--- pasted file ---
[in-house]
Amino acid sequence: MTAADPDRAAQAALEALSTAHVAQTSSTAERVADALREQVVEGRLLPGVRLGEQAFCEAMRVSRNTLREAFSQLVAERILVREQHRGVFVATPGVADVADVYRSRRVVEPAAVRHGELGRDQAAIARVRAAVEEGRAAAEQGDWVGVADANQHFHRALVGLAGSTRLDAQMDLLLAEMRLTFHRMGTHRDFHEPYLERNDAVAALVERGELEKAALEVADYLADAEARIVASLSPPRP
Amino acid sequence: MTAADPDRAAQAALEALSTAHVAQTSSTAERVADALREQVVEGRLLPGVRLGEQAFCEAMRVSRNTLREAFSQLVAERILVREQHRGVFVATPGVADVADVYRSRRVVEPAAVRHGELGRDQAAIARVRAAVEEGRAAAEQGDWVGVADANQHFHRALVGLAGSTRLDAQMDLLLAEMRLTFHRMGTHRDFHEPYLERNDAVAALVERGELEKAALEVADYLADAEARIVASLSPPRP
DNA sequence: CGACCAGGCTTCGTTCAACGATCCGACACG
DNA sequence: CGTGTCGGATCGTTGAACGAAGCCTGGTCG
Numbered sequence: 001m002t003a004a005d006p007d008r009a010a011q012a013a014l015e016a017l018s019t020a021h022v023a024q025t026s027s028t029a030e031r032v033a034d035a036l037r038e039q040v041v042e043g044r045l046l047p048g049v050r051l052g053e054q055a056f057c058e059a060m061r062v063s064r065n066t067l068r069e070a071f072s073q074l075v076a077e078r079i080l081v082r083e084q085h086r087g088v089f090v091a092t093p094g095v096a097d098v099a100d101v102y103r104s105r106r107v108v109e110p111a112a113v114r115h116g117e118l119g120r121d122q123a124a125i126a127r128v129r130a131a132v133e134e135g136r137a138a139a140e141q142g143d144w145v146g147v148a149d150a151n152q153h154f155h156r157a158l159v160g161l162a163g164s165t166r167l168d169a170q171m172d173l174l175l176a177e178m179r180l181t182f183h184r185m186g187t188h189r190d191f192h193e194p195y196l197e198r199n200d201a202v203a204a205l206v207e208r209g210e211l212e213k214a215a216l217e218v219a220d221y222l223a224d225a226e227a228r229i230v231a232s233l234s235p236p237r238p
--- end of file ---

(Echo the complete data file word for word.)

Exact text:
[in-house]
Amino acid sequence: MTAADPDRAAQAALEALSTAHVAQTSSTAERVADALREQVVEGRLLPGVRLGEQAFCEAMRVSRNTLREAFSQLVAERILVREQHRGVFVATPGVADVADVYRSRRVVEPAAVRHGELGRDQAAIARVRAAVEEGRAAAEQGDWVGVADANQHFHRALVGLAGSTRLDAQMDLLLAEMRLTFHRMGTHRDFHEPYLERNDAVAALVERGELEKAALEVADYLADAEARIVASLSPPRP
Amino acid sequence: MTAADPDRAAQAALEALSTAHVAQTSSTAERVADALREQVVEGRLLPGVRLGEQAFCEAMRVSRNTLREAFSQLVAERILVREQHRGVFVATPGVADVADVYRSRRVVEPAAVRHGELGRDQAAIARVRAAVEEGRAAAEQGDWVGVADANQHFHRALVGLAGSTRLDAQMDLLLAEMRLTFHRMGTHRDFHEPYLERNDAVAALVERGELEKAALEVADYLADAEARIVASLSPPRP
DNA sequence: CGACCAGGCTTCGTTCAACGATCCGACACG
DNA sequence: CGTGTCGGATCGTTGAACGAAGCCTGGTCG
Numbered sequence: 001m002t003a004a005d006p007d008r009a010a011q012a013a014l015e016a017l018s019t020a021h022v023a024q025t026s027s028t029a030e031r032v033a034d035a036l037r038e039q040v041v042e043g044r045l046l047p048g049v050r051l052g053e054q055a056f057c058e059a060m061r062v063s064r065n066t067l068r069e070a071f072s073q074l075v076a077e078r079i080l081v082r083e084q085h086r087g088v089f090v091a092t093p094g095v096a097d098v099a100d101v102y103r104s105r106r107v108v109e110p111a112a113v114r115h116g117e118l119g120r121d122q123a124a125i126a127r128v129r130a131a132v133e134e135g136r137a138a139a140e141q142g143d144w145v146g147v148a149d150a151n152q153h154f155h156r157a158l159v160g161l162a163g164s165t166r167l168d169a170q171m172d173l174l175l176a177e178m179r180l181t182f183h184r185m186g187t188h189r190d191f192h193e194p195y196l197e198r199n200d201a202v203a204a205l206v207e208r209g210e211l212e213k214a215a216l217e218v219a220d221y222l223a224d225a226e227a228r229i230v231a232s233l234s235p236p237r238p